There’s always something a bit oogly-boogly about blogging your responses to fiction written by people you know (especially if you don’t necessarily know well them well), but today I’m going to bite the bullet and recommend Karen Miller‘s The Innocent Mage as one of those books that folks interested in writing fantasy should really pick up and take a look at in order to understand its narrative tricks.
I’m kind of envious of writers who can write big, doorstopper-sized fantasy novels at the best of times but this one manages to go somewhere interesting in its avoidance of standard genre tropes. I mean, The Innocent Mage feels like a traditional fantasy novel – you can run through the check-list of elements needed for a big doorstopper fantasy and they’re all there: Ancient enemy from the distant past? A young lad of simple beginnings heading out into the wised world? A prophecy ordaining a great battle between good and evil? The deeds of kings, sorcerers and princes brought to the fore? Check, check, check, and check. This kind of stuff is the baseline of the doorstopper fantasy genre, and their presence no doubt contributes to The Innocent Mage’s ability to satisfy as a big doorstopper fantasy experience. And it does satisfy, very well, on that front. I’m still recovering from the sleep debt I accumulated by staying up until six in the morning reading the book.
What surprised me wasn’t what was in the book, but rather what wasn’t. Things like, say, sword-fights. Or the start of the war we’re teased with via prophecy. Or big epic overland quests to pick up macguffins and plot coupons. Hell, by the end of the first book titular Innocent Mage is not yet a mage, nor has he even had an inkling that magic and great deeds are in his future. His heroic journey, as presented in book one, is essentially one of rising from fisherman to becoming the highest rank Bureaucrat of his race within the tense, bi-racial government system set up within the country. Even the evil sorcerer and his demonic army are safely segregated from the story for about three hundred and seventy pages, making a last-minute appearance to set up for the second book in the duology (where, I suspect, the inevitable war will finally kick off).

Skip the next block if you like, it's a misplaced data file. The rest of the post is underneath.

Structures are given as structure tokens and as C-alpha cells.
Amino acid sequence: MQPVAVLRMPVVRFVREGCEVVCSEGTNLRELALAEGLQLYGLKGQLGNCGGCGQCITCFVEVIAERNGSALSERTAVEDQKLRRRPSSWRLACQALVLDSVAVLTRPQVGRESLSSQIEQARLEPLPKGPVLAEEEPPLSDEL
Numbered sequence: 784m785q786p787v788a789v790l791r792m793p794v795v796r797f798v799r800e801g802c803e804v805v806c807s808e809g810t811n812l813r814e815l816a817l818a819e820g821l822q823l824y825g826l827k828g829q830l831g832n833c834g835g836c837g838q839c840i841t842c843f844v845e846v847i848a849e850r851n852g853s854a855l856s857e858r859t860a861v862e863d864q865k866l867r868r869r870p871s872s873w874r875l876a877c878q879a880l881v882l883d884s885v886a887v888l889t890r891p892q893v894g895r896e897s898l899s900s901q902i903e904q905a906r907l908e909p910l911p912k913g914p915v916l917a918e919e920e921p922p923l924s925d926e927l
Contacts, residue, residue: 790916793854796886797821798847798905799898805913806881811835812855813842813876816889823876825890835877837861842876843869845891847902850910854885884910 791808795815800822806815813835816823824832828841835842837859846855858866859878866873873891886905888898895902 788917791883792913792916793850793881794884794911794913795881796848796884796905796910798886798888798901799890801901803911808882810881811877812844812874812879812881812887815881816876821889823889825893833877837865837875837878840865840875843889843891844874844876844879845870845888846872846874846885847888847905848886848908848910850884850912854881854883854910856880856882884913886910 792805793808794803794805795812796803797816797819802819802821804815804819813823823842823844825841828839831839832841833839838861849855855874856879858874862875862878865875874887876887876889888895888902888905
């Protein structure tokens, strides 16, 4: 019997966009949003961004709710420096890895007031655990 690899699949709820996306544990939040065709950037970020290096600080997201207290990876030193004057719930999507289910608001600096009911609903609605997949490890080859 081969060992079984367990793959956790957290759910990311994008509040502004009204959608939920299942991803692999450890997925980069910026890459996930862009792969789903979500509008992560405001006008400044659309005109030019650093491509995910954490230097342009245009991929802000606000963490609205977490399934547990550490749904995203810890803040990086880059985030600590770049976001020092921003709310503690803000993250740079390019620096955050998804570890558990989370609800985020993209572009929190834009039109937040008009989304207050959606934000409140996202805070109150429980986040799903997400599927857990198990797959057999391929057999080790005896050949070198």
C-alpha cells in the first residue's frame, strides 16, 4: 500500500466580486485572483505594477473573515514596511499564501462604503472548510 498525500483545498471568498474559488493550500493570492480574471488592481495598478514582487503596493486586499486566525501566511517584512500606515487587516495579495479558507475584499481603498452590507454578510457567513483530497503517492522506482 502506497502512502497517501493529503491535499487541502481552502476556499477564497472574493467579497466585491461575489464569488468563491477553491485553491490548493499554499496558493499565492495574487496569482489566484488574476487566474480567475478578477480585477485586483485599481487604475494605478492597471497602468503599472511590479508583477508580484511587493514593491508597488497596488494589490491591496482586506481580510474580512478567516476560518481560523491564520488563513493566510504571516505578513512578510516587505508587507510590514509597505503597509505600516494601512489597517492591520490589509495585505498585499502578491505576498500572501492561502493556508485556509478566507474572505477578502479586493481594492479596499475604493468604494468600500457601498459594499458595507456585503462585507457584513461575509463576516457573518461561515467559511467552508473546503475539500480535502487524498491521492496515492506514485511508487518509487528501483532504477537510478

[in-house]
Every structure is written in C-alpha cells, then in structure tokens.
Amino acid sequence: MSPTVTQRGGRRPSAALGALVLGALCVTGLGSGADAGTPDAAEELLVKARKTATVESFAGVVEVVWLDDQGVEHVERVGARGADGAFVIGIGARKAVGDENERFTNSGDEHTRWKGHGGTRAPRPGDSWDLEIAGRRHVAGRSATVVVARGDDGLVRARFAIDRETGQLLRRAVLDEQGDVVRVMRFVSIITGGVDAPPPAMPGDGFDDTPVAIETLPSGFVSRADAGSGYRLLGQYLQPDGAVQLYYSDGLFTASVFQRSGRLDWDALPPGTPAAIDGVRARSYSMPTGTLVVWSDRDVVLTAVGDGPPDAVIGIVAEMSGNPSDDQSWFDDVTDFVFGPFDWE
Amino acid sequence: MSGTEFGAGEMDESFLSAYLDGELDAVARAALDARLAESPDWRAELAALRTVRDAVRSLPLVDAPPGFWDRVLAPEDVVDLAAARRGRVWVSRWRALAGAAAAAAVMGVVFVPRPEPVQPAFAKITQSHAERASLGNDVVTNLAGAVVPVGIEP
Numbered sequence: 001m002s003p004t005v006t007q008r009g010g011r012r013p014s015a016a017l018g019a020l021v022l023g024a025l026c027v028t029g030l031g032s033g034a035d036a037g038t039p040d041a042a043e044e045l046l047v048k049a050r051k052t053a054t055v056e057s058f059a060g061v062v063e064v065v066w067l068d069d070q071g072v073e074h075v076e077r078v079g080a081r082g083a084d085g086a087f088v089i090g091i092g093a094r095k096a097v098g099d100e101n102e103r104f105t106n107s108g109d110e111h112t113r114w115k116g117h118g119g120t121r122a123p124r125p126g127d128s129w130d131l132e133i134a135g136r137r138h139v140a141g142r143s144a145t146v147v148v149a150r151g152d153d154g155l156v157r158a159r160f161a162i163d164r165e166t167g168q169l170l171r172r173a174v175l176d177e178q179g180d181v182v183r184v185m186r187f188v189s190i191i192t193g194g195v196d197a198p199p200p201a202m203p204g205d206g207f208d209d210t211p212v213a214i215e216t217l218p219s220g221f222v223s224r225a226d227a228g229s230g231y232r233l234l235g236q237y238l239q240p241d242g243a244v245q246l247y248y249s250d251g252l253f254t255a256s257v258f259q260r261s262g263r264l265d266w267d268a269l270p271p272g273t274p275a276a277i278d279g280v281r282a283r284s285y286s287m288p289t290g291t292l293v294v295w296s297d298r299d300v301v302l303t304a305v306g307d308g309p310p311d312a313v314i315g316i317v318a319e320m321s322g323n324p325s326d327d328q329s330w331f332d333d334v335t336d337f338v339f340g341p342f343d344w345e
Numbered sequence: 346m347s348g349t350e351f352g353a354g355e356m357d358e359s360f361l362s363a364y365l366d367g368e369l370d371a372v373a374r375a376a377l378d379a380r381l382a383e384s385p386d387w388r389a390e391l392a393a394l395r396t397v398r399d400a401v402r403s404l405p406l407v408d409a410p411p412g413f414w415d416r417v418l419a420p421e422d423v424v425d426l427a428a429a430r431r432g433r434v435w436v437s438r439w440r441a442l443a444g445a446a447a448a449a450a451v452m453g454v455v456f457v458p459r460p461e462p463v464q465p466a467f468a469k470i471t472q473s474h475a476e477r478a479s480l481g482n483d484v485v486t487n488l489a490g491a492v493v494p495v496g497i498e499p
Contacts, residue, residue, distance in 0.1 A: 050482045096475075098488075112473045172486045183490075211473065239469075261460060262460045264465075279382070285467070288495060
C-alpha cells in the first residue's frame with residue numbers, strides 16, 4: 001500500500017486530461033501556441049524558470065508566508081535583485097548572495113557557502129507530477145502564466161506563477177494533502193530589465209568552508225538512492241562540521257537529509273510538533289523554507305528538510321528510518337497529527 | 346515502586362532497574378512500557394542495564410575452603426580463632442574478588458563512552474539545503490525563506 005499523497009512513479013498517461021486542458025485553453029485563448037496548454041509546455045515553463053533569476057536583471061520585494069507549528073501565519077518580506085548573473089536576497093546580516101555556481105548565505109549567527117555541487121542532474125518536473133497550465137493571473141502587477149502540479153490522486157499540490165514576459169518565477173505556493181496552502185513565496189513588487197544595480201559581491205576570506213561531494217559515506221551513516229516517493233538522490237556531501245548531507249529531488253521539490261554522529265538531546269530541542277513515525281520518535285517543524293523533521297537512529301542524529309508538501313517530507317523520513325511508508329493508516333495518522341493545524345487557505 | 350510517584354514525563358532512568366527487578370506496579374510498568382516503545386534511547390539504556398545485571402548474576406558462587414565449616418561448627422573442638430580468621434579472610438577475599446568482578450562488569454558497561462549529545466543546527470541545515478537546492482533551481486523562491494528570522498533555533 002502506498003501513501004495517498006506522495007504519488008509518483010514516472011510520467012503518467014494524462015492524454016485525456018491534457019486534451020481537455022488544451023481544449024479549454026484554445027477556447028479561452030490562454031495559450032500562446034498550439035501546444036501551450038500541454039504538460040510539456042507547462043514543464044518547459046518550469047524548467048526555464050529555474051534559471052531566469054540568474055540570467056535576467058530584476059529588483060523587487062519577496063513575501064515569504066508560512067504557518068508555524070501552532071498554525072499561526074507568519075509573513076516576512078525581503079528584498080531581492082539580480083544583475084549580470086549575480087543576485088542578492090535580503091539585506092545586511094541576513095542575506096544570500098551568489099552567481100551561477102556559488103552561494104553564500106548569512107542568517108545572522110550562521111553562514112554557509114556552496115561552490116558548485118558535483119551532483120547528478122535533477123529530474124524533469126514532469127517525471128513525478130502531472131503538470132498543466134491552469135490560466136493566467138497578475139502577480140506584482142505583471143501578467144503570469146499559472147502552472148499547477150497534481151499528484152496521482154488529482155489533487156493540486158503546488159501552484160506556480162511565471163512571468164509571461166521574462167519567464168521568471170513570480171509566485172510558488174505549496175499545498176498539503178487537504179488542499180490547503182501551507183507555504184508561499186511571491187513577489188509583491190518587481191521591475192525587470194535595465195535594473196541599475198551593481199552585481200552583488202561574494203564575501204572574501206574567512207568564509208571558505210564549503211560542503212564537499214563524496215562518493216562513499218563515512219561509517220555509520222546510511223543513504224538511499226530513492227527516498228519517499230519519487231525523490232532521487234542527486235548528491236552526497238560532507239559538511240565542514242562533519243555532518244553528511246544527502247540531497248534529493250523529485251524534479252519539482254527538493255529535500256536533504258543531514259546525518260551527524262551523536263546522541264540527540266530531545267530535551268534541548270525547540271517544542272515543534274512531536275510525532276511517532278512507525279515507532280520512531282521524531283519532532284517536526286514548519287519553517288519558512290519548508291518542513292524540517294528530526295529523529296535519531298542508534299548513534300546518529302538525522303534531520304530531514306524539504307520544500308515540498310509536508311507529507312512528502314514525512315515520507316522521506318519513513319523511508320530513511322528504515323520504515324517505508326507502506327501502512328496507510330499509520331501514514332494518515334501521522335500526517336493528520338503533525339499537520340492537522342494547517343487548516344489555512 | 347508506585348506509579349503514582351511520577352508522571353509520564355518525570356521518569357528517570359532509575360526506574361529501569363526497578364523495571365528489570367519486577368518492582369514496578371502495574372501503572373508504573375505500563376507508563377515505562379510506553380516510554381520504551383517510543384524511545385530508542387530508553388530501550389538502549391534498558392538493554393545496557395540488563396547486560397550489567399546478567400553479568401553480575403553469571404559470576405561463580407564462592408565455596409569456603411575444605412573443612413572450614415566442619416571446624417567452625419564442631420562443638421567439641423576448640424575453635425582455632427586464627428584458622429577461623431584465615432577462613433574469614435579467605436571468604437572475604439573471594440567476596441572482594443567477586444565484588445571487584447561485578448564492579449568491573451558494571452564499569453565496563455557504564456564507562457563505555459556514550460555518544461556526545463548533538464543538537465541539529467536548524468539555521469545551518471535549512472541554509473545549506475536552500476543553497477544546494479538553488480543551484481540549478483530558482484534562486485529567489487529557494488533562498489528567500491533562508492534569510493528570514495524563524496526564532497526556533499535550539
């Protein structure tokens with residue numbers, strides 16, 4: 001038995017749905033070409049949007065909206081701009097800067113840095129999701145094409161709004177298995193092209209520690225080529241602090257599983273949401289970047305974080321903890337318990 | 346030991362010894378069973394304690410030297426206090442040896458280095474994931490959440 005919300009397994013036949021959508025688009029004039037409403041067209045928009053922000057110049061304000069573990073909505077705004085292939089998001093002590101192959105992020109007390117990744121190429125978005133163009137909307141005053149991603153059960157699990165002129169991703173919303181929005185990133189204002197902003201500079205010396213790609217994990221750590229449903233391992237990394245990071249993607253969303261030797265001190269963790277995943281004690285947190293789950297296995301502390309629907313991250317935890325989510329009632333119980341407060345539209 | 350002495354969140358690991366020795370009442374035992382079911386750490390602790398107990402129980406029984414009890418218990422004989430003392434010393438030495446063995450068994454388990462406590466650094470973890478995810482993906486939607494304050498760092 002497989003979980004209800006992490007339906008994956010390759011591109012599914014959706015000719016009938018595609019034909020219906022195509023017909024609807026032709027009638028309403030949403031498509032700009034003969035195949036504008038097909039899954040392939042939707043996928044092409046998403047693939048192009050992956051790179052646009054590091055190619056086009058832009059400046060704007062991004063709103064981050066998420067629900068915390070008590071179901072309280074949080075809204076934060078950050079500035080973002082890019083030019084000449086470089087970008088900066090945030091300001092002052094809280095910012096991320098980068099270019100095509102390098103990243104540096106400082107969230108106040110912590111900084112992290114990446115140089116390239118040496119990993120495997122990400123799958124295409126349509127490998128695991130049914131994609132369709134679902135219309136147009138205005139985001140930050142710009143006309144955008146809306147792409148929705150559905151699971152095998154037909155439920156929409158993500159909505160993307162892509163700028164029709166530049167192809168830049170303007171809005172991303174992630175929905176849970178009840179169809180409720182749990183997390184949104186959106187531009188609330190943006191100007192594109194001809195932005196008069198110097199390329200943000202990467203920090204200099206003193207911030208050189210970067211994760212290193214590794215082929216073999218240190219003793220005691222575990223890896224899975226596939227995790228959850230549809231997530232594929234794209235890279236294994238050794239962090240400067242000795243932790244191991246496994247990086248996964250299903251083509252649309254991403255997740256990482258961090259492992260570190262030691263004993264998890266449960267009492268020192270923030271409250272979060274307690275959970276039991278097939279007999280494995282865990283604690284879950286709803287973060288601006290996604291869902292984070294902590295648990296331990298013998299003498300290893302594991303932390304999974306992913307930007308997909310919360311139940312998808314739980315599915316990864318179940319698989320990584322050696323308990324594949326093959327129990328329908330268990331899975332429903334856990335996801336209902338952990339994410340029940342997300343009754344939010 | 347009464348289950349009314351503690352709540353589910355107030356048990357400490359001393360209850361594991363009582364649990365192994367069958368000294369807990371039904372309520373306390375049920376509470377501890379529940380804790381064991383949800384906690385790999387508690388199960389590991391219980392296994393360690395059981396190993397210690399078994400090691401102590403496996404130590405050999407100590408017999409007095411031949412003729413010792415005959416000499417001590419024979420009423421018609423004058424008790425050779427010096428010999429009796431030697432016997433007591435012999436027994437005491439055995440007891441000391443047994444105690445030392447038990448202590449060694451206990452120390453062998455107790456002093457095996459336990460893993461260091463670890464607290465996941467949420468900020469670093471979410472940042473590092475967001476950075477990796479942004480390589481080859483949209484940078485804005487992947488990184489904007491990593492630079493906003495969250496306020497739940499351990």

The revelation of the evil sorcerer is actually something of a let-down when it comes, because the real antagonist of the story is actually the protagonists best friend who creates conflict by continually asking the everyman analogue to become more than he is. In essence it’s Doorstopper Fantasy by way of a buddy movie, with the threads weaving together and getting you good and involved in their lives. While the background is epic, the foreground is all small-scale conflicts – interpersonal, political, and rarely physical except as a means of underpinning the former. Last week I suggested that the City and the City is one of those books worth pulling apart to figure out how it does what it does. I’m inclined to say the same thing aboutThe Innocent Mage– in terms of taking an established genre and fulfilling the expected tropes in an unexpected way it’s a brilliant read, but its ability to do that without calling attention to the fact is one of those subtle narrative tricks that I gaze upon in unabashed envy.
While there’s lots of everyman-journey stories out there in the genre (see the works of Eddings, Jordan, Tolkein and Tad Williams for starters), it’s a telling point that the stuff that usually make up the formative experiences of their champions (the journey from the familiar territory, the exposure to violence, the learning to become a hero) are neatly sidestepped or glossed over here without feeling like we’re missing something.